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Protecting corporate brand means redefining P&L for a world of weaponised words

Corporate Brand
By Andrew Adie
11 July 2024
Corporate Reputation
Green & Good (ESG and Impact)

Weaponising words is becoming an alarming trend in our very binary world.

The space for nuance can seem a distant dream.  You’re either ‘for’ or ‘against’ something and in either camp the walls are high and the drawbridges shut tight. You don’t talk, you SHOUT. You don’t listen, you broadcast. You don’t share, you shame.

This very polarised approach has been in the spotlight during the elections. Elections plural, in the UK and around the world in this year of democracy. When it comes to climate change, the dividing lines are getting sharper. You either believe in woke capitalism (and it doesn’t take much scratching to reveal climate change denial under that surface) or you believe we need to move faster to address a climate emergency that is getting worse. Each side passionately believes that the other is wrong.

The result is that ESG and net zero are increasingly being weaponised and the phrases used as blunt tools to represent the failure or promise of political ideas, and the failure or potential of investment opportunity and corporate behaviour that pivots towards a greener, more responsible corporate and planetary future.

In this world we see corporates scrutinised for both greenwash and greenhush, both polar positions which are deemed to be bad. They equally face activism (both from protesters and investors), either calling for faster progress towards social and environmental leadership or away from it.  

So what do corporates opt for? A world in which they’re just slightly bad or slightly good, on the assumption that they might just please some people some of the time?

Only, the world doesn’t work like that. What we are faced with is a world in which business has to play both sides off against one another, listen and understand the drivers that sit behind these polarised positions and try to find a middle way. 

What they shouldn’t do is get side tracked by the noise and make compromises which ignore climate science or the wider macro trends that will shape their and our future. 

For corporates looking for clarity in a world of fudge, I think we need to look at how corporate reputation is measured and what defines ‘good business’.

In the past everything was about P&L, the money you made for the business and its investors. Today corporate reputation is a two-sided coin, on one side is money, on the other is values.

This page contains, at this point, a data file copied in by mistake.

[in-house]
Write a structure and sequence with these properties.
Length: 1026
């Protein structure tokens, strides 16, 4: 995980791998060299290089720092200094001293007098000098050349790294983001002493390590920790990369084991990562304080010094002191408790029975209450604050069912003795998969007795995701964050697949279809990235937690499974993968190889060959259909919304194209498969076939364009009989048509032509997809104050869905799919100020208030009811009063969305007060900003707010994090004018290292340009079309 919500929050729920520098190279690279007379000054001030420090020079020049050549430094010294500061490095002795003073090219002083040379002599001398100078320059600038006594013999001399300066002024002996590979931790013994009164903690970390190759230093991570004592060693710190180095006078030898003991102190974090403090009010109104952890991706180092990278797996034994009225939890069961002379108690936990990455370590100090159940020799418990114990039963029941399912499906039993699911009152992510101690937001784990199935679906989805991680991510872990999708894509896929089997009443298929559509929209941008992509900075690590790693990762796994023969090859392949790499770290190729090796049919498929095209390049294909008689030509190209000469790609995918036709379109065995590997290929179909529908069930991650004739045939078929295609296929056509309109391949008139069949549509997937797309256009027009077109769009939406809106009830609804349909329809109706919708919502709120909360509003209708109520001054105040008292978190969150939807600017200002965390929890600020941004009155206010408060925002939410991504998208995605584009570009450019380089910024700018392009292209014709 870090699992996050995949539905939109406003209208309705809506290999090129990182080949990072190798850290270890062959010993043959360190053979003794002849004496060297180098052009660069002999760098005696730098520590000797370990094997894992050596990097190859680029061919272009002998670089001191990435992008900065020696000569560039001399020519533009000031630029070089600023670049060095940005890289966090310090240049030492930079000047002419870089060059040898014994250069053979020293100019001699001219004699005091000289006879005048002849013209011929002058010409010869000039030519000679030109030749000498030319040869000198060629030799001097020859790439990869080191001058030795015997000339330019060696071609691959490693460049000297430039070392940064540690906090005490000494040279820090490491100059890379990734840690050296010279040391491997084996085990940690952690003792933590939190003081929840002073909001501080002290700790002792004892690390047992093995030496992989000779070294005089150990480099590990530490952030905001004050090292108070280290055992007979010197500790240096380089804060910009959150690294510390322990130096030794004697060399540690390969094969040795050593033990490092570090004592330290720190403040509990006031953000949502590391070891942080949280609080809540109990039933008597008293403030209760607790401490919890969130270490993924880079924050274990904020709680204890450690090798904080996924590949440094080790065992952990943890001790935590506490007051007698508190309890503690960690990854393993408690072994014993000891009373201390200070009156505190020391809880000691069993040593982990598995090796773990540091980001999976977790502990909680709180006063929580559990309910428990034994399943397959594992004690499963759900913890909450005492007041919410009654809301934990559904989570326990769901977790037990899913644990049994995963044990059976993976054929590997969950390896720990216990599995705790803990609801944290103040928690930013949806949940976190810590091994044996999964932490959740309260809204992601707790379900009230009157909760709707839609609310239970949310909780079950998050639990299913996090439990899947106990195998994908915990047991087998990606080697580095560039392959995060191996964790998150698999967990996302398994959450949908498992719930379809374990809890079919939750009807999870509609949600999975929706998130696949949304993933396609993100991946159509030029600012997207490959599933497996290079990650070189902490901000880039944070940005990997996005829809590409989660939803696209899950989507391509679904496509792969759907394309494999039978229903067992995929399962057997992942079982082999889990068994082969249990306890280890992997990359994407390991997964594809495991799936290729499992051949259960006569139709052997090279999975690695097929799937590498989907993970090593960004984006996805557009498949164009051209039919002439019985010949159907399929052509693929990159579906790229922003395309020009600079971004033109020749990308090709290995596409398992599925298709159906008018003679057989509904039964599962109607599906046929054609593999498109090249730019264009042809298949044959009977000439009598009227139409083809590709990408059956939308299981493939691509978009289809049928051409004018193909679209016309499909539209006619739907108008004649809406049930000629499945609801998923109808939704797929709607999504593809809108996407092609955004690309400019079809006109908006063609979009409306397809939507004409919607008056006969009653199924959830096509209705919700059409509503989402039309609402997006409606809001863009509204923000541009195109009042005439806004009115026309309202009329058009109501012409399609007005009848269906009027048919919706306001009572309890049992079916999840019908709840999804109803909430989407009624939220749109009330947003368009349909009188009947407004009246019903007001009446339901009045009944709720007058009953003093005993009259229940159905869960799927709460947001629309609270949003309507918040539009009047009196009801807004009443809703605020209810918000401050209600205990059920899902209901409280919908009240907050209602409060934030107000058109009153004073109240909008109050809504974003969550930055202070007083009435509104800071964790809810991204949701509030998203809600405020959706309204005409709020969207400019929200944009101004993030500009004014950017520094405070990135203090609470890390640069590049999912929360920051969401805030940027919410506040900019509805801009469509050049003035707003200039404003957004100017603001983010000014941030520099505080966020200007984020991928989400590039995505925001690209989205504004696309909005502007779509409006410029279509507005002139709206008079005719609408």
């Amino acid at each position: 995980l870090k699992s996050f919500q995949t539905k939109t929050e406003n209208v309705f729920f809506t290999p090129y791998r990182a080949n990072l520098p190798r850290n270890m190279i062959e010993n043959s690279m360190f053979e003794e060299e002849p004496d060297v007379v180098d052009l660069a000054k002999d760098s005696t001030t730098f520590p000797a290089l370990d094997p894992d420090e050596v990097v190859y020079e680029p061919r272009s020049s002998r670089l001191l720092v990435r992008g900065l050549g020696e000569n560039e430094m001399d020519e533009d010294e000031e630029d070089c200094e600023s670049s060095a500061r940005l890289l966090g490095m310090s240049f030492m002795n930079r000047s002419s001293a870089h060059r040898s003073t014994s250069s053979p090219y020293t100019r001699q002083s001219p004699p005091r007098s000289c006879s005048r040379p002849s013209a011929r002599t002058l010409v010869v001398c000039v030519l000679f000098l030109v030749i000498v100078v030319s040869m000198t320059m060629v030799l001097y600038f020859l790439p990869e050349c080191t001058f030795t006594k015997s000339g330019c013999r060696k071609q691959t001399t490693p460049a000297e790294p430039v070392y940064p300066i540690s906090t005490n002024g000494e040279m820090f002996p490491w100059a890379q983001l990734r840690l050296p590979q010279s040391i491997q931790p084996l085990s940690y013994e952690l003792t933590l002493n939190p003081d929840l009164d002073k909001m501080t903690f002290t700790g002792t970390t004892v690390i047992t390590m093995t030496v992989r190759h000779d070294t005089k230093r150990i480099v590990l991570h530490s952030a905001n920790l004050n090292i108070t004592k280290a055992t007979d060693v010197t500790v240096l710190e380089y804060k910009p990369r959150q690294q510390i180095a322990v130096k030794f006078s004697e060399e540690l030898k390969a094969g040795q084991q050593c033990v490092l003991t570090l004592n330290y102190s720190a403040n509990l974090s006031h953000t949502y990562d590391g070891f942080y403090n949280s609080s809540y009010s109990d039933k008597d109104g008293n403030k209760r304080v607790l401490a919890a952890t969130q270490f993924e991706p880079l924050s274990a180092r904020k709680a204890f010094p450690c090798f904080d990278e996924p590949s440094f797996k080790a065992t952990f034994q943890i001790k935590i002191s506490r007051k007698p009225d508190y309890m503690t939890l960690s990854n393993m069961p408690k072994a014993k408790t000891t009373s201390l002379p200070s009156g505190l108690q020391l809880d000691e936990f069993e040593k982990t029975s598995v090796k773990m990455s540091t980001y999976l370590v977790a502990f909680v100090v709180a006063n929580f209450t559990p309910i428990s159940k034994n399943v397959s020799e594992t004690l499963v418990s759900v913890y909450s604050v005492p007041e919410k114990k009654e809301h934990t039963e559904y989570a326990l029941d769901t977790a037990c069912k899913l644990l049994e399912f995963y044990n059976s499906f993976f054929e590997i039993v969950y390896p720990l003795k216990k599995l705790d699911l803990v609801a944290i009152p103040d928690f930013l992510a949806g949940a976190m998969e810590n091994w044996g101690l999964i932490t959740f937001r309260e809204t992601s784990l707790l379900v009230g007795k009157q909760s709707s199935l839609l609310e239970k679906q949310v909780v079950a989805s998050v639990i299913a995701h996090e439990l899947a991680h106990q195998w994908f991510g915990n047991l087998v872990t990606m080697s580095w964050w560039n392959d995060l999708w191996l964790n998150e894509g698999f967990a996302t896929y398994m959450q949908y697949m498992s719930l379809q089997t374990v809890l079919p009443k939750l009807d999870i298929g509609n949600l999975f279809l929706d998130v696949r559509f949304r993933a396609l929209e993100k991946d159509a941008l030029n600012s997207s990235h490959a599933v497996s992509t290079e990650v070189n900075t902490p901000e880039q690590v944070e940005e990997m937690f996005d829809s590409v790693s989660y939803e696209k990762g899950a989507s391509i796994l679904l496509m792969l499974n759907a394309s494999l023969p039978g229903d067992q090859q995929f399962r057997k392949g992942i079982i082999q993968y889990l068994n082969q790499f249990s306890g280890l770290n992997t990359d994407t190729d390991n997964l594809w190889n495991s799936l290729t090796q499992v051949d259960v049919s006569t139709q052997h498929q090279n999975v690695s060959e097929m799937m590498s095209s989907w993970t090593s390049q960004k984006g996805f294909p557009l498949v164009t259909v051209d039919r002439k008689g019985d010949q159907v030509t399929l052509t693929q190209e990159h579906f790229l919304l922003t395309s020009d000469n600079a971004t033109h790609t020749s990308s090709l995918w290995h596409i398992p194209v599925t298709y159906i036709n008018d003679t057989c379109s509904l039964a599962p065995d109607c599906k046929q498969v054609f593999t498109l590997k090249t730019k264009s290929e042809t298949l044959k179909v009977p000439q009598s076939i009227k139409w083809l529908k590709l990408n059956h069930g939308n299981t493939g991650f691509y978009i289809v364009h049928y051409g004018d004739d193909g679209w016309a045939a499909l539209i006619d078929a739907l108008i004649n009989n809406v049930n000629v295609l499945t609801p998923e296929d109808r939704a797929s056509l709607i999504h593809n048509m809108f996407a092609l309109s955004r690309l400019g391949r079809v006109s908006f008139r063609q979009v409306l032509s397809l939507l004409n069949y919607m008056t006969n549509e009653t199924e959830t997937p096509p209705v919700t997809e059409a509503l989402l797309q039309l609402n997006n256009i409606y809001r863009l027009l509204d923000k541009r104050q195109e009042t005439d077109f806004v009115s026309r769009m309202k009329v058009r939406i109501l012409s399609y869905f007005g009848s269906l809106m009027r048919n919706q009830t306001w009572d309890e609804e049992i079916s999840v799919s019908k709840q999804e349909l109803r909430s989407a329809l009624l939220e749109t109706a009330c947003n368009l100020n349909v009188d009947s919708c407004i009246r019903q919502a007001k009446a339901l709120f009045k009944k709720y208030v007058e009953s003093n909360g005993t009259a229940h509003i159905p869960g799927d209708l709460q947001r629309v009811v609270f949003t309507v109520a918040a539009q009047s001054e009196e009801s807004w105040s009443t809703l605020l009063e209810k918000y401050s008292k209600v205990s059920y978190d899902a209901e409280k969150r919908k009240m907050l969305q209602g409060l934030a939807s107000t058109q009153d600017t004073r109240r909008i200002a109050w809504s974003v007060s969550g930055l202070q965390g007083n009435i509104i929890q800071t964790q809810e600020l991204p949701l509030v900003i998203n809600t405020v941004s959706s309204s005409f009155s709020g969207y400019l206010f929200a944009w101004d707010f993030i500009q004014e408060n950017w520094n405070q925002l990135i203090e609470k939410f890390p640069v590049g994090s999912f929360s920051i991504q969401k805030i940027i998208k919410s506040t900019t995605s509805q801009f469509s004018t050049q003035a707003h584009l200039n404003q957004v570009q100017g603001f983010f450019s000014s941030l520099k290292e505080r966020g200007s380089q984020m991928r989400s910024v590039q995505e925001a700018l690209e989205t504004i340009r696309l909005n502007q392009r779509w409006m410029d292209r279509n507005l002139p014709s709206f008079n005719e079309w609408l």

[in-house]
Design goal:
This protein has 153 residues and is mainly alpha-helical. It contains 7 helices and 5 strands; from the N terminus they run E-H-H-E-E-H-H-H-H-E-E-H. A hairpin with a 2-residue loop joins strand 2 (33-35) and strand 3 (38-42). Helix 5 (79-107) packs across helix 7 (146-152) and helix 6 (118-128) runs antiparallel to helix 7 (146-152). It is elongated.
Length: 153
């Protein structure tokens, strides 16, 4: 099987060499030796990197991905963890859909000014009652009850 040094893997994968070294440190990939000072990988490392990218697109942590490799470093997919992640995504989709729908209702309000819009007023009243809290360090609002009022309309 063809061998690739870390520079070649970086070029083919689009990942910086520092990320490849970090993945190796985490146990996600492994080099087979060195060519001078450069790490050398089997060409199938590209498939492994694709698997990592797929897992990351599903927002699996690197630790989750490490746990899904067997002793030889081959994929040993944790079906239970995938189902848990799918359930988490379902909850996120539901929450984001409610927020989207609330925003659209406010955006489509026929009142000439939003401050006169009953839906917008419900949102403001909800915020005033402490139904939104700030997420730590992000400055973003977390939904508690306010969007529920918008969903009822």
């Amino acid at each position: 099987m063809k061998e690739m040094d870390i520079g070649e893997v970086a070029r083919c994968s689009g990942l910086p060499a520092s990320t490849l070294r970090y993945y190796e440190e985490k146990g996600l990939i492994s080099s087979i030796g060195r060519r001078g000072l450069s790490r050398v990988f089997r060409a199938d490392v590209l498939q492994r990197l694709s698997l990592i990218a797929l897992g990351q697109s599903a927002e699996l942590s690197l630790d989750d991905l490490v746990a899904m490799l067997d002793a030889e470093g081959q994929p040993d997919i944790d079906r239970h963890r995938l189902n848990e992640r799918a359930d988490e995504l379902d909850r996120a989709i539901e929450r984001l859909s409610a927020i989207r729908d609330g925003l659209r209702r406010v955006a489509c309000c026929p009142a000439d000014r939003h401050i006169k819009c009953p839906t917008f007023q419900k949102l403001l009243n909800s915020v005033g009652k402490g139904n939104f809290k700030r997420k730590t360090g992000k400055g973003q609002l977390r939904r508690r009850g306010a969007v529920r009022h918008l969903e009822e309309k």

Increasingly people are aligning themselves with organisations that reflect their world view and beliefs. The concept of a good company being one that only generates stellar cash flow and profit is long gone. 

Profit & Loss may dictate a short term (year-end to year-end) measurement of corporate success, into the long-term a different form of P&L is the measure; Performance & Legacy.

Performance covers P&L, investor return, value generation, market share but all that is for nothing if the business isn’t also generating a social and environmental legacy that supports its values and underpins its brand and mission.

In a world of Performance & Legacy, corporates need to tell different stories to different audiences and convince both that the wider strategy (both sides of the coin) brings greater value than a more isolated and binary approach that only delivers against one broad metric.

Is that possible? Absolutely, there are many businesses doing exactly this but those that do are making bold decisions. In a world that is calling corporates out for green wash and criticising and weaponizing ESG and net zero, they are businesses that stand-up to be counted, that see through the noise and which see a longer-term picture.

Redefining P&L (Performance & Legacy) may be criticised as a glib headline message (inevitably in our binary world) but in reality it focuses down on the core drivers of reputation and success for business today.

While the noise maybe great, communicating what you are doing, transparently, courageously, and incisively and with authenticity to directly speak both to audiences who embrace what you’re doing and those that criticise you for your world view is essential if we are to avoid a world of beige indecision.